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Ellesmere II - From Sea And Beyond album cover
3.94 | 141 ratings | 3 reviews | 30% 5 stars

Excellent addition to any
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Studio Album, released in 2018

Songs / Tracks Listing

1. Tidal Breath (2:13)
2. Marine Extravaganza (11:55)
3. Runaway (6:01)
4. Marine Coda (2:09)
5. The Schooner (11:02)
6. Ridge Fanfare (3:21)
7. Time, Life Again (8:59)

Total Time 45:40

Line-up / Musicians

- Roberto Vitelli / basses (Rickenbacker 4003, Fender "Geddy Lee" Jazz), Taurus Moog I, Gibson Gold Top guitar, Mellotron M400, Minimoog Model D, Prophet 5, Moog Voyager, Yamaha DX7 II, Kurzweil K2500, Roland JV 1080, Yamaha TX 81Z, composer, arrangements, co-producer

- Robert Berry / vocals (3,7)
- Alan Benjamin / guitar (2)
- Trey Gunn / Warr guitar (3)
- Keith More / guitar (5)
- Davy O'List / guitar (6)
- Brett Kull / guitar (7)
- Paolo Carnelli / acoustic & electric pianos, Hammond, keyboards, arrangements, co-producer
- Danilo Mintrone / Korg MicroKorg (1)
- David Jackson / saxes & keyboards (4)
- Marco Bernard / bass (6)
- Daniele Pomo / drums, percussion

Releases information

Artwork: Colin Elgie

CD AMS Records ‎- AMS302CD (2018, Italy)

Digital album

Thanks to mbzr48 for the addition
and to projeKct for the last updates
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ELLESMERE II - From Sea And Beyond ratings distribution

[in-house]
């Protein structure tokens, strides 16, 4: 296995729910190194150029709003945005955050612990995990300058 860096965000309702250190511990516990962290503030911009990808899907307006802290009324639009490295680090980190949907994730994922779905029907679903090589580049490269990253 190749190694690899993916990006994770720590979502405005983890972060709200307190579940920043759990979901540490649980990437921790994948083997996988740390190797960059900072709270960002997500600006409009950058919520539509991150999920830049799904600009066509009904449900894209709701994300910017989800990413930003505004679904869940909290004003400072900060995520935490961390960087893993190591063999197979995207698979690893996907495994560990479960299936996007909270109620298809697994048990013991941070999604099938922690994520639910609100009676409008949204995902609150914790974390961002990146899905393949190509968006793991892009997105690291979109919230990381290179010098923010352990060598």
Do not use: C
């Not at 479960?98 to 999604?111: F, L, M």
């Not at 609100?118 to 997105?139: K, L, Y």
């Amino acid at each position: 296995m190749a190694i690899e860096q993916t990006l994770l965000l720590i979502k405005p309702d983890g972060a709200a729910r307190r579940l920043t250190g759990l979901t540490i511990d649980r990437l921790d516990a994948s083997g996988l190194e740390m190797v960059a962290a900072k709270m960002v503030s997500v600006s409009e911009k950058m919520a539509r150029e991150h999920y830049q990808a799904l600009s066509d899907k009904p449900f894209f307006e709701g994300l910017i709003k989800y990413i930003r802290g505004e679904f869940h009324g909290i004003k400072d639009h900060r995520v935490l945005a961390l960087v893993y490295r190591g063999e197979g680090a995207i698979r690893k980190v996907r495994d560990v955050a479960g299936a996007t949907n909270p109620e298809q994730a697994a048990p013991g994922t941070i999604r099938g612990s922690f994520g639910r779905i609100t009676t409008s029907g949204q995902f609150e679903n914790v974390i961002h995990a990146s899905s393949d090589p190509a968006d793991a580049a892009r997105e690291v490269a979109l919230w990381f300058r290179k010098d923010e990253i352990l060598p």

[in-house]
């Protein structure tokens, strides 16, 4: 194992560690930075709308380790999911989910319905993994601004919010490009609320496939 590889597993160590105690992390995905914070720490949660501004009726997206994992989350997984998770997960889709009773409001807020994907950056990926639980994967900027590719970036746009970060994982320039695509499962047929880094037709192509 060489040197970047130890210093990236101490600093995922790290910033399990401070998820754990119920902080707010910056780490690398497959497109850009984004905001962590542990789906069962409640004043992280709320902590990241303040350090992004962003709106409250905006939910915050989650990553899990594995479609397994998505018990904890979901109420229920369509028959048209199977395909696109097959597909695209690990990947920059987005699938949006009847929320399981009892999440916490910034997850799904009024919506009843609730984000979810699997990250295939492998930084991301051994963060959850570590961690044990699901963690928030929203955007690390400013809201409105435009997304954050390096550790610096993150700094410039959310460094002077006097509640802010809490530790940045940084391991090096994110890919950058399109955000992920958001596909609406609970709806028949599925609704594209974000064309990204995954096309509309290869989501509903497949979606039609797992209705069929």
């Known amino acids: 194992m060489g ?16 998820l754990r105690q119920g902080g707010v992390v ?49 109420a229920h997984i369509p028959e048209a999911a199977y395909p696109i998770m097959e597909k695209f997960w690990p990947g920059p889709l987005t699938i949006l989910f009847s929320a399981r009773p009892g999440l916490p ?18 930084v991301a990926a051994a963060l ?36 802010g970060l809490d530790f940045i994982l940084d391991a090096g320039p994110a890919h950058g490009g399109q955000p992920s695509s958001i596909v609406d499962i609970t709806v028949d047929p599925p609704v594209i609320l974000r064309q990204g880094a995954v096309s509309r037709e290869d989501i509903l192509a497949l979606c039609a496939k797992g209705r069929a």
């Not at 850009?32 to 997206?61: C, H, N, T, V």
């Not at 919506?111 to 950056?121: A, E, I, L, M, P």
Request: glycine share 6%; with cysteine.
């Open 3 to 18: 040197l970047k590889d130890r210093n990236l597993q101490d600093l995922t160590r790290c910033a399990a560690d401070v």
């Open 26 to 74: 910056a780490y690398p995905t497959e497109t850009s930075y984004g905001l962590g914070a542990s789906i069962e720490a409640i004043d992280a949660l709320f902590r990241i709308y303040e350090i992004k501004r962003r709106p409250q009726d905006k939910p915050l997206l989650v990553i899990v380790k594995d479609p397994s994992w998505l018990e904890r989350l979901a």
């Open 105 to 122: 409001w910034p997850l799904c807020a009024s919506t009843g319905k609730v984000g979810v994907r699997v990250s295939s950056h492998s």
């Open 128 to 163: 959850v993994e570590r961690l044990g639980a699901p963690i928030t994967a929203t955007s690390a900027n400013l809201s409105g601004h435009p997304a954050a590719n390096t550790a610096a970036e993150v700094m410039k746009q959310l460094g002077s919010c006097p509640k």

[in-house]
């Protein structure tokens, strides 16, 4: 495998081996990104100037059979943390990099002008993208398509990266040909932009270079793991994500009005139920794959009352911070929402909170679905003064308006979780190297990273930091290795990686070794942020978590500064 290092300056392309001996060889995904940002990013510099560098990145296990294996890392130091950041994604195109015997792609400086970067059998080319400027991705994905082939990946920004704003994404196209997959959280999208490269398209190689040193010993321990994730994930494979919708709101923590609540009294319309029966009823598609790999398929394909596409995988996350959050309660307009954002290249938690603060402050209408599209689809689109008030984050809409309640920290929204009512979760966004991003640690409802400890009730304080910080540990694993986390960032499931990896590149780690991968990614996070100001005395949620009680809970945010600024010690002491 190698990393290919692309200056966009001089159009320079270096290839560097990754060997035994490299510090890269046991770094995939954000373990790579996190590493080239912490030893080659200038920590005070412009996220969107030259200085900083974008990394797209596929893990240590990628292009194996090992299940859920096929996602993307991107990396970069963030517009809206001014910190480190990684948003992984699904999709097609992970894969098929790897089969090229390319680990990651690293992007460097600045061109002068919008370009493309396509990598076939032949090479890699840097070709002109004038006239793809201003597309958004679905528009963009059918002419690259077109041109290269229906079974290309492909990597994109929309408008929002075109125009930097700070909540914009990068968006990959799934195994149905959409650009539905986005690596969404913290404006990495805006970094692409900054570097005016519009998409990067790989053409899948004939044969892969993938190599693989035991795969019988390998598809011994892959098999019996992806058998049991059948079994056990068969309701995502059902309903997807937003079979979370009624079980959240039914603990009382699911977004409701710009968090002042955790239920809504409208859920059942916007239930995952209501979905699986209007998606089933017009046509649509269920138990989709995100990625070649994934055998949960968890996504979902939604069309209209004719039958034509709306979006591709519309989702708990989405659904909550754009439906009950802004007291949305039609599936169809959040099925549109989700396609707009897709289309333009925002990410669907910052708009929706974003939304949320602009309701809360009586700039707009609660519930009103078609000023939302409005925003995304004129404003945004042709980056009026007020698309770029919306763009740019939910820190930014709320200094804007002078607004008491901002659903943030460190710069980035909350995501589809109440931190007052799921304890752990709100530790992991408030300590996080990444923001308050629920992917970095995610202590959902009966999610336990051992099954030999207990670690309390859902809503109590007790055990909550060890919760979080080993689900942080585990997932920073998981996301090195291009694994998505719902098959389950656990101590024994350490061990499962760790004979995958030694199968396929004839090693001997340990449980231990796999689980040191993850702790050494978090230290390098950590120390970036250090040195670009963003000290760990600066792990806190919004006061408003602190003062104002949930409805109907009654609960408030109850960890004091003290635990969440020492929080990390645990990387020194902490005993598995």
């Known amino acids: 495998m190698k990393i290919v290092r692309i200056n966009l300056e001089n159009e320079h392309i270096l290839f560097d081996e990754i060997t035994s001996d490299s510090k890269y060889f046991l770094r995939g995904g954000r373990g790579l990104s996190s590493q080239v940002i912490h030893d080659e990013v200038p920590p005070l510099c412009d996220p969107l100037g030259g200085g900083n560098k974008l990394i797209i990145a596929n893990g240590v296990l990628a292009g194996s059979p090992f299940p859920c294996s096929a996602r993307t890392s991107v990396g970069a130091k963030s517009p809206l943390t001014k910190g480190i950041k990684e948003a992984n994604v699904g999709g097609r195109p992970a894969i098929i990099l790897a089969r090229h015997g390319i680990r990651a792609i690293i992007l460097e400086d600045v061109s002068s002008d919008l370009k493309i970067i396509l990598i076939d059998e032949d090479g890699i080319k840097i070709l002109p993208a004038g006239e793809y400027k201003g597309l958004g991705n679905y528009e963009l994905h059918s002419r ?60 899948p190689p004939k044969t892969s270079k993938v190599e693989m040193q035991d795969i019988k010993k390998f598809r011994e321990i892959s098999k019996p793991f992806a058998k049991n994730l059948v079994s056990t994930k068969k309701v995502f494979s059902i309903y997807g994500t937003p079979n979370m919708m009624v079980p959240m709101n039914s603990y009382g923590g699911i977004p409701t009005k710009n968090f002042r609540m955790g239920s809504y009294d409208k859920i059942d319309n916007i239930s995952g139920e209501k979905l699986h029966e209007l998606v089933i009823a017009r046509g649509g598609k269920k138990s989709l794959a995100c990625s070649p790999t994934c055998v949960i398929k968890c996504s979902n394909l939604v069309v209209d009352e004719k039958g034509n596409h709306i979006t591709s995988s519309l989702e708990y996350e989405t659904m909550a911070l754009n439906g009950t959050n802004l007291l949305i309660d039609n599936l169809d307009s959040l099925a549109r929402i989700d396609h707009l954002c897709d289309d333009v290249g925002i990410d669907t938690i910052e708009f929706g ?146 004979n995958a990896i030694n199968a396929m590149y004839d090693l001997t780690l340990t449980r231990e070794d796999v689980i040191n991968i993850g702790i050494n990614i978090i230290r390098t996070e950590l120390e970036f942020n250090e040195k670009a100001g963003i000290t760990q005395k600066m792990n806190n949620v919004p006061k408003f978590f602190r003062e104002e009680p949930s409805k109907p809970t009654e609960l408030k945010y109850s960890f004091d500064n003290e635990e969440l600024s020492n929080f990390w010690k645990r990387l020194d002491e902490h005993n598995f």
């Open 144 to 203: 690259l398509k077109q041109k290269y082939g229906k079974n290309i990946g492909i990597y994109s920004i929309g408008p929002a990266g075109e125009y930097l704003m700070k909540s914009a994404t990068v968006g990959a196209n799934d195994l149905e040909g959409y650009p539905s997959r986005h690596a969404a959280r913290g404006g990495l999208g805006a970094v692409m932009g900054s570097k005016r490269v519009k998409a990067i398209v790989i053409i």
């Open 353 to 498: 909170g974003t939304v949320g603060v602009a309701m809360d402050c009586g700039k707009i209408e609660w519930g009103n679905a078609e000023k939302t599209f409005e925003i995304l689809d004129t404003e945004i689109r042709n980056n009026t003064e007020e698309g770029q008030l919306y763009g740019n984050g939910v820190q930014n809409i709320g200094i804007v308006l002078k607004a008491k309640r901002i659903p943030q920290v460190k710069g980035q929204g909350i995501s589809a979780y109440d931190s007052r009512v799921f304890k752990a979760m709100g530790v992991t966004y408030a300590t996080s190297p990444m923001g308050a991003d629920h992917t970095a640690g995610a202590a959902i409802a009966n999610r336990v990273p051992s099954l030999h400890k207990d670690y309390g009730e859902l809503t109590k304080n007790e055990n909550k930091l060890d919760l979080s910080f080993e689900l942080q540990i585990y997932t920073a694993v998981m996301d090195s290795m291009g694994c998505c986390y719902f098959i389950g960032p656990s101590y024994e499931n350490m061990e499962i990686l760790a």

(141 ratings)
Essential: a masterpiece of progressive rock music(30%)
Excellent addition to any prog rock music collection(41%)
Good, but non-essential (21%)
Collectors/fans only (6%)
Poor. Only for completionists (2%)

ELLESMERE II - From Sea And Beyond reviews

Showing all collaborators reviews and last reviews preview | Show all reviews/ratings

Collaborators/Experts Reviews

Review by BrufordFreak
COLLABORATOR Honorary Collaborator
4 stars This one came as a real surprise to me as Roberto and Paolo's previous Ellesmere effort--2015's Les Châteaux de la Loire--was so gentle and bucolic; "From the Sea and Beyond" is full out Neo Prog Rock in the GALAHAD or RIVERSEA vein as opposed to the pastoral Anthony Phillips-like acoustic guitar-based fare of the previous. It's very good--with thick, full sound and well-constructed Neo Prog songs.

1. "Tidal Breath" (2:13) a subtle keyboard synth extravaganza over ocean surf sounds. (4.5/5)

2. "Marine Extravaganza" (11:55) nice Neo Prog sound palette but the song never really goes anywhere exciting or unusual (though the walkabout that slurred Rickenbacker bass is on for the first few minutes is very entertaining). It seems a basic structure set up just to allow the individual instruments to each have solo times. The bare bones "strings" and "bass" section in the seventh minute is quite cloying and downright annoying. Luckily the Arp solos take us out of it, and lead us to the best section of the song: the bridge at 7:45. The ensuing drum and Arp lead rhythmic pattern grows very old quite quickly. Even the addition of organ and the return of the slurred Rickenbacker cannot save it (though the awesome 7:45 bridge is repeated twice starting at 9:33). The closing section is just too close to GENESIS Wind and Wuthering. (8/10)

3. "Runaway" (6:01) Vocalist Robert Berry's voice bears a striking resemblance to that of Thomas Thielen. (8.5/10)

4. "Marine Coda" (2:09) a pleasant interlude instrumental whose foundation and David Jackson's song-length saxophone solo are meant, methinks, to conjure up late-night sea journeys on a still, uneventful moonless night. (4.5/5)